Foreign Portfolio Investments Post Net Inflows in February 2016

Manila—(PHStocks)—Bangko Sentral ng Pilipinas (BSP)—Foreign portfolio investment transactions for February 2016 yielded overall net inflows of US$58 million, a reversal from the US$130 million net outflows in January, albeit much lower than the US$1.2 billion net inflows posted a year ago.

Registered foreign portfolio investments for the month amounted to US$1.1 billion, reflecting a 30.3 percent growth from the US$820 million recorded in January 2016. The figure, however, is much lower compared to the US$2.6 billion recorded a year ago when investments were fueled by renewed investor interest in Peso GS as well as shares offered by two (2) holdings firms.

Outflows for the month grew by 6.4 percent from the January figure due to profit taking, lingering concerns on the slowdown of the Chinese economy, and oil price uncertainties. Year-on-year, however, outflows declined by 25.6 percent.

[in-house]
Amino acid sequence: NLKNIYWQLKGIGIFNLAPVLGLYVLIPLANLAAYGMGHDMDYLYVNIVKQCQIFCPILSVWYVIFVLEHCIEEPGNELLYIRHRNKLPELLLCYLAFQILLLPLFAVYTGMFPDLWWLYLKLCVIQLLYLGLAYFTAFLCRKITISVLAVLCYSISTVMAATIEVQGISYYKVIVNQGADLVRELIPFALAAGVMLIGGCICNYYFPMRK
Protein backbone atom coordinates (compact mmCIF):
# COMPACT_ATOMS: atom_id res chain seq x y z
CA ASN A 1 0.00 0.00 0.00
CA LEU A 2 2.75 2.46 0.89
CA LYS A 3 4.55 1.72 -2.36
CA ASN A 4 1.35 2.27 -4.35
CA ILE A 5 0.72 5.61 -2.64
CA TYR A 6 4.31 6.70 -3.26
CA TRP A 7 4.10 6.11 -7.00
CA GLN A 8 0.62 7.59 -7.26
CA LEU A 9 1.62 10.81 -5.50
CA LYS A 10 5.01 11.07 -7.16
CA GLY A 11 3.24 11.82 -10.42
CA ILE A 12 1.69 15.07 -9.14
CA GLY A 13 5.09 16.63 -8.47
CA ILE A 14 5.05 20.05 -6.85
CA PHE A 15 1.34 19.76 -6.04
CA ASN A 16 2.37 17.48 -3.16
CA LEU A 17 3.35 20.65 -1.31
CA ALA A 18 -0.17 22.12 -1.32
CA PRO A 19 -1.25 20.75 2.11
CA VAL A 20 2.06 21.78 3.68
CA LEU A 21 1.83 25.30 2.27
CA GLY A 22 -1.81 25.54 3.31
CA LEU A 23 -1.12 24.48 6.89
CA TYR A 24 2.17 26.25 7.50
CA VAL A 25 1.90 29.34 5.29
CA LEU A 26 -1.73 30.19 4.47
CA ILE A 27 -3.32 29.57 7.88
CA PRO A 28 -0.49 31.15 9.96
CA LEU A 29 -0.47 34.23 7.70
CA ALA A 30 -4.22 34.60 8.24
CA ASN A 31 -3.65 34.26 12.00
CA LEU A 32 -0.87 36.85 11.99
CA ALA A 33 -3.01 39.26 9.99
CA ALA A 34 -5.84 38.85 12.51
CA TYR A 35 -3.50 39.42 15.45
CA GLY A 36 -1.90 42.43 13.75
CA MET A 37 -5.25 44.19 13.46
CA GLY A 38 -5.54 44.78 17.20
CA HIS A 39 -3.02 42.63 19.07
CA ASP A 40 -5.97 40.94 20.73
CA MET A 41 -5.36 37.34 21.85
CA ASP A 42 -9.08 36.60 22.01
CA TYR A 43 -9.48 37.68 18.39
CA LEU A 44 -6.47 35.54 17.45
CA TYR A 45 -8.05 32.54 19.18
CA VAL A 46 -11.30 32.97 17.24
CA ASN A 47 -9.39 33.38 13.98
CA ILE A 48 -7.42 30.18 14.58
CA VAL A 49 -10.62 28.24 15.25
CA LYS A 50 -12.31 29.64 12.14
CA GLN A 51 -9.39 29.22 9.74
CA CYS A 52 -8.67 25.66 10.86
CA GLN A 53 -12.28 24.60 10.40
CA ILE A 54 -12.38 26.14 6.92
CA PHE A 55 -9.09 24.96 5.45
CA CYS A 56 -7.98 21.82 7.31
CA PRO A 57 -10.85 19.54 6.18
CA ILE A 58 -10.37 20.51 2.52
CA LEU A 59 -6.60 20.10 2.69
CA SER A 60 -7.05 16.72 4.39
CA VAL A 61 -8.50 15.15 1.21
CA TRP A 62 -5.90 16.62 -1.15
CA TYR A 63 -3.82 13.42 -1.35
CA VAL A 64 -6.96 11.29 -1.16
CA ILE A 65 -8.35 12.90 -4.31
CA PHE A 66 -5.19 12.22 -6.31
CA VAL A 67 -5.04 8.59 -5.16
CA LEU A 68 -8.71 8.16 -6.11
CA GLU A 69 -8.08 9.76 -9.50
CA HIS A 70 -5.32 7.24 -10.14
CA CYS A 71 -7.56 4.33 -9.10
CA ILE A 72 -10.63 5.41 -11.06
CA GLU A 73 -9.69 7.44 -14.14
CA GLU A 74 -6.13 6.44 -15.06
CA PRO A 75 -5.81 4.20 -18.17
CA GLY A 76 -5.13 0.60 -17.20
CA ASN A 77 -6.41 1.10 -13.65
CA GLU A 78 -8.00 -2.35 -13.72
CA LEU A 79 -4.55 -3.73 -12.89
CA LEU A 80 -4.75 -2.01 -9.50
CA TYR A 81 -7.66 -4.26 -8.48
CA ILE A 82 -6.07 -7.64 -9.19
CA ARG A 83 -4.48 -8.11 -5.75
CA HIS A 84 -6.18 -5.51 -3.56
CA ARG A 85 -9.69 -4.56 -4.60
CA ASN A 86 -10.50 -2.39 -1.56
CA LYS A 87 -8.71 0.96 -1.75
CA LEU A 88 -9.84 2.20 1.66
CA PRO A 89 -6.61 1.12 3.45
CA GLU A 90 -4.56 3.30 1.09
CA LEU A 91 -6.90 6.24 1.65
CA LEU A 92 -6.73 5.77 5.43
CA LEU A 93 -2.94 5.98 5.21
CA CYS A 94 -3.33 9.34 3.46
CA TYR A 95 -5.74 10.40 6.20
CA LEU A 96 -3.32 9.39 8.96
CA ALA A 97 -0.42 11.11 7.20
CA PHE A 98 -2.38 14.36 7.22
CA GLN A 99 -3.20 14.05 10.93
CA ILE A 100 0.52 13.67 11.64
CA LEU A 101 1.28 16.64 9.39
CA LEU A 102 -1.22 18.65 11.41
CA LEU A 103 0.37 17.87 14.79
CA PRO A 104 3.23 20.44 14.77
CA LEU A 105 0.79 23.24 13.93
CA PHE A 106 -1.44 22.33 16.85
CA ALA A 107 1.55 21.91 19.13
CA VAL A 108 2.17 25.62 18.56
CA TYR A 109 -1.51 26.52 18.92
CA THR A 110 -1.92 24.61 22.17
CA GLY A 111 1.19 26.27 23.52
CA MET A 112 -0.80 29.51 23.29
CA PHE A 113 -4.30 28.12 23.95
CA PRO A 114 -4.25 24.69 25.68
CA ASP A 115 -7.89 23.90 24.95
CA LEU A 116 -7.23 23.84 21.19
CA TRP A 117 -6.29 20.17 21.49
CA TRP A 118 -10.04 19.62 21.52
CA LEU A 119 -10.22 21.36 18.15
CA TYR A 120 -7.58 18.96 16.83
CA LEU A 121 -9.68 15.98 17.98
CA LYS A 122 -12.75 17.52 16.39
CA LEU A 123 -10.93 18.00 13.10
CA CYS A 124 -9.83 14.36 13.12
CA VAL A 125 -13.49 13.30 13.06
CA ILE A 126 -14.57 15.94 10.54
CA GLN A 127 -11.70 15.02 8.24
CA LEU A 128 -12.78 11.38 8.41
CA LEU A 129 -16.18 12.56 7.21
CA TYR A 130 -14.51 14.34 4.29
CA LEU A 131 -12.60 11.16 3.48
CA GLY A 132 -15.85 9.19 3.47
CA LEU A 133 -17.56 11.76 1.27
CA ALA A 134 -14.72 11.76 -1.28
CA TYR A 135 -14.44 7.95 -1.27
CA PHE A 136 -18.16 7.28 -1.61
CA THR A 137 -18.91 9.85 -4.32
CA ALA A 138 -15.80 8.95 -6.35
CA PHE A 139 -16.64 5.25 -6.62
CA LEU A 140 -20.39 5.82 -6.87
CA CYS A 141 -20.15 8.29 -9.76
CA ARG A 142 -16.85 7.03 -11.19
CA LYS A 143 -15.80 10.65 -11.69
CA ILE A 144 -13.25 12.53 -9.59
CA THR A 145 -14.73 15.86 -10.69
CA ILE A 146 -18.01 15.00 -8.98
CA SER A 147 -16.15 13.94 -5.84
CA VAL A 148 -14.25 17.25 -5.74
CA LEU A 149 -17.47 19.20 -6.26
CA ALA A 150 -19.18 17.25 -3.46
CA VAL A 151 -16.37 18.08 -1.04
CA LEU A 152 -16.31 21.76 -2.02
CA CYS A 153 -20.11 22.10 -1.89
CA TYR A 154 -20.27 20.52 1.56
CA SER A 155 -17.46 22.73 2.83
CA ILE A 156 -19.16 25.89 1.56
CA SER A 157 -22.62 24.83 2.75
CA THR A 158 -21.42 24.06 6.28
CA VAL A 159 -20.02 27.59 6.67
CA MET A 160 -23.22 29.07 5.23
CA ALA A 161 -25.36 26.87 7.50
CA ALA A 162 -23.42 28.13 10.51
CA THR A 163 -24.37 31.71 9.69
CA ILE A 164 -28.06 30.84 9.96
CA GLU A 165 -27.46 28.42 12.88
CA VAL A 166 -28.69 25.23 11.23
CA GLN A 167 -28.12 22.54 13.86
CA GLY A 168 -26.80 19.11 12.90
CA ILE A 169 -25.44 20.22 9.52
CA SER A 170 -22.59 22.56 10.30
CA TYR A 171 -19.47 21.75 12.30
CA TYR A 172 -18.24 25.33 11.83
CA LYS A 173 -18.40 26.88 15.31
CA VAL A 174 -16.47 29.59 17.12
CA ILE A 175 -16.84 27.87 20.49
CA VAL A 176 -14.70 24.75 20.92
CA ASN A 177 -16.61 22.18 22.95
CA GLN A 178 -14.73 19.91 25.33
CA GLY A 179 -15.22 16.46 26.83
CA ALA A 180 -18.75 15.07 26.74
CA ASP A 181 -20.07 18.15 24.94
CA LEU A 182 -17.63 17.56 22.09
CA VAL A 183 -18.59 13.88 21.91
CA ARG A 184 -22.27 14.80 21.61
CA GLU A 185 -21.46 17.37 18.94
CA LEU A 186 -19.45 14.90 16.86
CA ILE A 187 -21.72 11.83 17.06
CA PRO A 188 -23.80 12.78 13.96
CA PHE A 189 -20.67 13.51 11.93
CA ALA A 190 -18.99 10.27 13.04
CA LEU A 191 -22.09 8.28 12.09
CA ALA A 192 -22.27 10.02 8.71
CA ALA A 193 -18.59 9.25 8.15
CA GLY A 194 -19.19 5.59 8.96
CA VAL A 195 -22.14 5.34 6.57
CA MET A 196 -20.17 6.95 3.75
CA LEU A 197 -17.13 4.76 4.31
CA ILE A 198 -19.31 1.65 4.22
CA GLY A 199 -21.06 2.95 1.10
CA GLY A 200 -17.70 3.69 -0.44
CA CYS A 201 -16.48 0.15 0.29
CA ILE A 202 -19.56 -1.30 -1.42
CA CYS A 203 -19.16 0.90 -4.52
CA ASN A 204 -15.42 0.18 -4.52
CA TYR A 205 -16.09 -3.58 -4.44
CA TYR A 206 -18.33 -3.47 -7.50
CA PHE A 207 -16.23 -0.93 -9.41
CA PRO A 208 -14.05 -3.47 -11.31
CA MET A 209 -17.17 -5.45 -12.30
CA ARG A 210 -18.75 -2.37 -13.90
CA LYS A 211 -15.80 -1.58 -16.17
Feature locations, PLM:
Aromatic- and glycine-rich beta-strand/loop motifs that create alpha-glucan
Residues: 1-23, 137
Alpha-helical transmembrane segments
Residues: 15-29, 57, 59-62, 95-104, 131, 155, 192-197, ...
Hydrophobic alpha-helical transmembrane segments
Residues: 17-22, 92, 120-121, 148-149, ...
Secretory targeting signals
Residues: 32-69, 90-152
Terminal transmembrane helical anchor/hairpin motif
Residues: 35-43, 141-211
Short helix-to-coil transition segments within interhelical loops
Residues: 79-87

About 77.1 percent of investments registered in February were in PSE-listed securities (mainly pertaining to holding firms; food, beverage and tobacco firms; property companies; banks; and telecommunication companies), while the 22.9 percent balance were in Peso GS. Transactions in PSE-listed securities resulted in net outflows of US$57 million, while those for Peso GS yielded net inflows of US$115 million.

The United Kingdom, Singapore, the United States, Luxembourg, and Belgium were the top five investor countries for the month, with combined share to total of 79.5 percent. The United States continued to be the main destination of outflows, receiving 89.6 percent of total.

Registration of inward foreign investments with the Bangko Sentral ng Pilipinas (BSP) is voluntary under the liberalized rules on foreign exchange transactions.  The issuance of a BSP registration document entitles the investor or his representative to buy foreign exchange from authorized agent banks and/or their subsidiary/affiliate foreign exchange corporations for repatriation of capital and remittance of earnings that accrue on the registered investment. Without such registration, the foreign investor can still repatriate capital and remit earnings on his investment but the foreign exchange will have to be sourced outside the banking system.

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